For Global Times
For the Taiwanese, English names are obligatory. Unlike as on the Chinese mainland or in South Korea and Japan, the vast majority of Taiwanese uses names of a language that’s not their own. English names are carried besides the Chinese names and often even replace those in daily life’s usage. It is estimated that 80% of the island’s population calls themselves after Hollywood’s movie stars, American’s National Basketball League players and their likes. This is a lot, especially if taken into account that this percentage includes people who hardly speak a word of English.
Not having an English name isn’t much of an option; when a Taiwanese applies for a job, he or she is likely to be required to fill in a ‘Michael’, ‘Cindy’ or an ‘Andy’ next to the regular Chinese name into the forms. Not being able to write down one’s English name would be equally embarrassing as admitting that one neither possesses an email address nor a phone number.
Apart from Taiwan, the use of English names has been common in the former colonies of the British Empire such as Malaysia, Singapore and Hong Kong, as well as the Philippines which was colonized by the United States, and in Africa. Places that like Taiwan had never been colonized by either Britain or the US, don’t use English names; Asian countries don’t, neither do the Europeans, nor the Middle Easterners, and also not the countries in Latin America.
Taiwanese often say that Chinese names are too difficult to pronounce and remember to foreigners. That may be true, but the same could be said of the names of Chinese mainlanders, Korean and Japanese, who hardly ever use English names, not even when they take up studies in English speaking countries and consequently live there for years. And as a further strong indicator that easier communication with foreigners isn’t the genuine objective of Taiwan’s usage of English names, the Taiwanese widely use English names when they talk to each other in Chinese and also when there’s no foreigner around. In Taiwan, it is very common that among friends and colleagues, the English names are known whereas the Chinese names are never really heard of, let alone remembered.
Perhaps the most plausible answers to the question why the Taiwanese resort to using foreign names so much can be found in Taiwan’s twentieth century history. When Taiwan had been colonized by the Japanese, the then-ruling Kobayashi regime set up programs that involved replacing the Chinese names of some Taiwanese with Japanese ones. The Japanese colonial government went to great lengths to make the name-changing procedure highly ceremonious and heralded that the few Taiwanese who were chosen to bear Japanese names acclaimed great honor. The selection of the families that were to take on Japanese names was rigorous, and at the end of WW2 only a few percent of Taiwan’s population had one.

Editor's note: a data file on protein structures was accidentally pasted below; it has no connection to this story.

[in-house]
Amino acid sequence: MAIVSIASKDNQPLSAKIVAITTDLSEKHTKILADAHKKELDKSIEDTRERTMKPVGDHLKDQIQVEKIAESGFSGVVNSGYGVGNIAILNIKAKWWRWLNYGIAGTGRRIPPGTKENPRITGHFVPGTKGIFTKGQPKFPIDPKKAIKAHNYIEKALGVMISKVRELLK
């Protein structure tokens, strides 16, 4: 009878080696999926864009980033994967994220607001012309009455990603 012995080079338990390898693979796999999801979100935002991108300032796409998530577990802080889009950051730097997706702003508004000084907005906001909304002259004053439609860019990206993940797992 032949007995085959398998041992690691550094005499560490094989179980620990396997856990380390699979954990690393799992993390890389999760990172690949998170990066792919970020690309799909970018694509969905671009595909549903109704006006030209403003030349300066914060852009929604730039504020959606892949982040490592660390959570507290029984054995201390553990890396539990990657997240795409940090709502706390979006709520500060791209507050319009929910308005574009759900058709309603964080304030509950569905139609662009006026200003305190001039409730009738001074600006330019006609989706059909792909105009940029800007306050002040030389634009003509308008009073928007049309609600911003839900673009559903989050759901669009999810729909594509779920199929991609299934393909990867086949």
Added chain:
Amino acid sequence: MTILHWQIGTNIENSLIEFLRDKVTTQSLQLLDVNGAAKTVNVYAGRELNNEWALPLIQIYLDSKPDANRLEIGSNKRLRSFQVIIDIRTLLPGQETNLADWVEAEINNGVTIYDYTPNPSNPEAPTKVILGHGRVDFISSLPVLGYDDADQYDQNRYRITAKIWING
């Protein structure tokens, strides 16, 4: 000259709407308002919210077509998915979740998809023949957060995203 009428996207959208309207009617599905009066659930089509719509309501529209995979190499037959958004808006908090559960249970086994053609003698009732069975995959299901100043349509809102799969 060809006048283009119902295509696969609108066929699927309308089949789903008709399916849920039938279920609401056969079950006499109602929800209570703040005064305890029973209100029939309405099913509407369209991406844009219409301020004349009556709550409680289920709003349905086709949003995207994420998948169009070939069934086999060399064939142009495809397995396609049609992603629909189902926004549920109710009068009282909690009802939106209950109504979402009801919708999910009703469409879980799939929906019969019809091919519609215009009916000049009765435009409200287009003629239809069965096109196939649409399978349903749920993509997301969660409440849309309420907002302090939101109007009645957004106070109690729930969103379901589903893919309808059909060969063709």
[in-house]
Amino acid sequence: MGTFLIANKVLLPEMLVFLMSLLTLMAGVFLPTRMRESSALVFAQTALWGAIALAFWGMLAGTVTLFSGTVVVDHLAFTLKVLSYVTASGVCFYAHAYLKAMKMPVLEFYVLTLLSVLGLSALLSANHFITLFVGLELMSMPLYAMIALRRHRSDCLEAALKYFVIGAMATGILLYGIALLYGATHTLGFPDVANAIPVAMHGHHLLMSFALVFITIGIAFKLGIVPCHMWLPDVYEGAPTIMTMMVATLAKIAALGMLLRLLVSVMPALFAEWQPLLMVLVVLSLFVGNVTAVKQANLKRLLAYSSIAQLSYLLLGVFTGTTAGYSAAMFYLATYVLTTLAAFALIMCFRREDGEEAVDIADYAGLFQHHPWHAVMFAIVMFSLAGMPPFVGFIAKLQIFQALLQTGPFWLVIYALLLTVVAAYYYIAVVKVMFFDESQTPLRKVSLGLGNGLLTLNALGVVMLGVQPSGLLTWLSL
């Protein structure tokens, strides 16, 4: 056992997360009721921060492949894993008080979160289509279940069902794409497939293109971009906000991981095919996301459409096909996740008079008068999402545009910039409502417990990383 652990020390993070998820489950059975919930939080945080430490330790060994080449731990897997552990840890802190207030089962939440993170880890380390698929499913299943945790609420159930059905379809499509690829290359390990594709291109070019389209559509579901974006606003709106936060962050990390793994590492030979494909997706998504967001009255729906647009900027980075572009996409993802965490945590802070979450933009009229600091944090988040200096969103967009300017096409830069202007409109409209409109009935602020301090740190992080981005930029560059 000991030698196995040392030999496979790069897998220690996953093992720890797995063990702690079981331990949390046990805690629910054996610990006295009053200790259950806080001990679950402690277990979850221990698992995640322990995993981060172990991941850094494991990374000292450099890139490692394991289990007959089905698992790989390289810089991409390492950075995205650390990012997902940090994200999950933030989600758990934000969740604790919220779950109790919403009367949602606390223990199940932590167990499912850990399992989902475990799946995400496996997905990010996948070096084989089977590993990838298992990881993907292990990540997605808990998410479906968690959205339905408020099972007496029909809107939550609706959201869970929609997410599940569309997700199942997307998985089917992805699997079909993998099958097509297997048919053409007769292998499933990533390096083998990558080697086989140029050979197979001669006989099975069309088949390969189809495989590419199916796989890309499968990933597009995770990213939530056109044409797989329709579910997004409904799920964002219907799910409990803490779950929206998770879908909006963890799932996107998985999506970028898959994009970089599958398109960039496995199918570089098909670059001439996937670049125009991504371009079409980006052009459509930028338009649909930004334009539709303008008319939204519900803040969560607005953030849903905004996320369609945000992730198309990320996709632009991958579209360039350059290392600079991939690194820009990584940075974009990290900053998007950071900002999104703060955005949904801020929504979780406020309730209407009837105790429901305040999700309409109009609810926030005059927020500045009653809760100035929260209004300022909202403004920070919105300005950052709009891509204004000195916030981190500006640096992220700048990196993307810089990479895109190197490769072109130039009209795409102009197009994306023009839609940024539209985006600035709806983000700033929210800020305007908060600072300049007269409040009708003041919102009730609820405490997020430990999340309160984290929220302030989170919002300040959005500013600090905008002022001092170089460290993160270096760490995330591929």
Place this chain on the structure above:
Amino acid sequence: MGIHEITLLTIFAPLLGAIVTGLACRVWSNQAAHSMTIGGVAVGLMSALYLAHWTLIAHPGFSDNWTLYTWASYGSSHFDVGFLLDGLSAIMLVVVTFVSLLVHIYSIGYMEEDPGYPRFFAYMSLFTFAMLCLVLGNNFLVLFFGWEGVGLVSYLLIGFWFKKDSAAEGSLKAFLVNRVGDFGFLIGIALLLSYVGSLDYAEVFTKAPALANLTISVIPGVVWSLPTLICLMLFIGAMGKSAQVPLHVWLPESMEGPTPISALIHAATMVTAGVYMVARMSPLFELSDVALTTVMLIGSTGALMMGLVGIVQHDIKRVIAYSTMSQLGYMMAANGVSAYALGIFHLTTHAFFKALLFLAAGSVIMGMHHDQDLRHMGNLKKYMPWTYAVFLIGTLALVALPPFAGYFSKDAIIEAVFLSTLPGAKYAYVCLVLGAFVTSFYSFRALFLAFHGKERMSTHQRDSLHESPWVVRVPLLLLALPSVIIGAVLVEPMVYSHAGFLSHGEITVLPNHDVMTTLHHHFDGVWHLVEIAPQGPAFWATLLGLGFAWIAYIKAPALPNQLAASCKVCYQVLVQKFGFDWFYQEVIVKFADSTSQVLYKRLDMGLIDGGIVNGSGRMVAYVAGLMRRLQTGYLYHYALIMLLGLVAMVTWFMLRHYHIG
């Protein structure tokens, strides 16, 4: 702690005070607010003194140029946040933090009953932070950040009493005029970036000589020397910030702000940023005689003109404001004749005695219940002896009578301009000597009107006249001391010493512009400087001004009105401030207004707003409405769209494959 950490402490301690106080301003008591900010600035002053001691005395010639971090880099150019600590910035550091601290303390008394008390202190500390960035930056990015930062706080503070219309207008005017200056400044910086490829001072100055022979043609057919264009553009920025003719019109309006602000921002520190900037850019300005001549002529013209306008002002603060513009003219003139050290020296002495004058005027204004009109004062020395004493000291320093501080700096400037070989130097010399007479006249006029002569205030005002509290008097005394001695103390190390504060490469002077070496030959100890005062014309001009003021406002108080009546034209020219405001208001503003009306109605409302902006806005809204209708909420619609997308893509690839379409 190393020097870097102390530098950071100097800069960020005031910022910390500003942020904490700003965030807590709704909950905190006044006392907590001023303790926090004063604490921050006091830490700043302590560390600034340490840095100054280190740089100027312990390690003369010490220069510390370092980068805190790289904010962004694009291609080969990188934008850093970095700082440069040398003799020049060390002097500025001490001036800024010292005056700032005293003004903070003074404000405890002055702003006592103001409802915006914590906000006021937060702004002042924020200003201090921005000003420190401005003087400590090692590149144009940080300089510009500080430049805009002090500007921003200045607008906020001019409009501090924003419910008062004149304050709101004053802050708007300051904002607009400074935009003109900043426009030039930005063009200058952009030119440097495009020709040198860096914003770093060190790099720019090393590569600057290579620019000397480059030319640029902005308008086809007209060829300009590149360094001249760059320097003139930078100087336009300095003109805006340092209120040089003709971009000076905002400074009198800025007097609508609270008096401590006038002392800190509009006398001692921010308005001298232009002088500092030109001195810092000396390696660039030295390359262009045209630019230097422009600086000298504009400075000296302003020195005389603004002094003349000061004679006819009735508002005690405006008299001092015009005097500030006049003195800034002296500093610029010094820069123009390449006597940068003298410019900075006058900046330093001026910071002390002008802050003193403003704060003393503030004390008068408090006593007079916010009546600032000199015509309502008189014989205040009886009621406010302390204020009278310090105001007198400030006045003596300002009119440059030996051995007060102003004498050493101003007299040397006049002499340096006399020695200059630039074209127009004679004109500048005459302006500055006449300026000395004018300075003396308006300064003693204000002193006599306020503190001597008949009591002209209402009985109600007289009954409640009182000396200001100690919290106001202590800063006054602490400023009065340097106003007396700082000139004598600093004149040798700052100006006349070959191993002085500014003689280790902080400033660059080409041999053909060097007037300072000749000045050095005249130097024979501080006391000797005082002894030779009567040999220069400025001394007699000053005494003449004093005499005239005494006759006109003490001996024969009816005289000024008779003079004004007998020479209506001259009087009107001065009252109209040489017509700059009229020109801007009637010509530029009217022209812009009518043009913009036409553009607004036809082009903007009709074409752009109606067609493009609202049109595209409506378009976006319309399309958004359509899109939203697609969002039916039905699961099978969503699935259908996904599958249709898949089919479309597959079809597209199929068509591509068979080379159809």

Japan’s objectives to bestow Japanese names upon the Taiwanese were on the one hand to detach the Han-Taiwanese from their ancestral areas on the Chinese mainland, and one the other hand to reward members of the Taiwanese elites that collaborated with the Japanese to rule over the rest of the island’s society. Consequently, to the ordinary Taiwanese people of that time, the Taiwanese family that carried a foreign, Japanese name instead of the Chinese one unmistakeably was of higher status.
After the US had relaxed its immigration laws in the early 1960s, many Taiwanese people emigrated from the then-poor island to the US. Their entry into the United States was regulated by laws that gave preferential status to persons who were skilled. Since during the Japanese occupation of Taiwan, Taiwanese were barred from administration and politics, highly talented Taiwanese worked in the medical fields. As highly educated doctors and nurses they were of good use to the Americans, and later accounted for a considerable share among the US’s most accomplished engineers, professors and scientists.
By the late 1970s, Taiwan’s economical rise slowed immigration, and from the 1990s on many ‘Taiwanese Americans’ returned to the island. When they did so, they came with wealth accumulated in the US, and thus the local population regarded them as people of the highest socio-economic status. And, unsurprisingly, those rich and privileged who returned from the US were easily to tell apart from the ordinary Taiwanese by their use of foreign -and in this case English- names.
This analysis of Taiwan’s past implies that the Taiwanese who prefer to be addressed by their English names instead of their Chinese ones seek to distinguish themselves from others. But the question of what use the distinguishing could possibly be if all but everybody has an English name remains unanswered.
Yet, that there might be at least one convincing reason to use an English name other than grading up oneself is indicated by a comment posted on a Taiwanese internet forum. The blogger, who goes under the name ‘Brad’, writes: “Taiwanese like to inquire about other people by presenting their Chinese names to the fortune tellers. However, with an English name, you are on the safe side, because the charlatans can’t do anything with it.”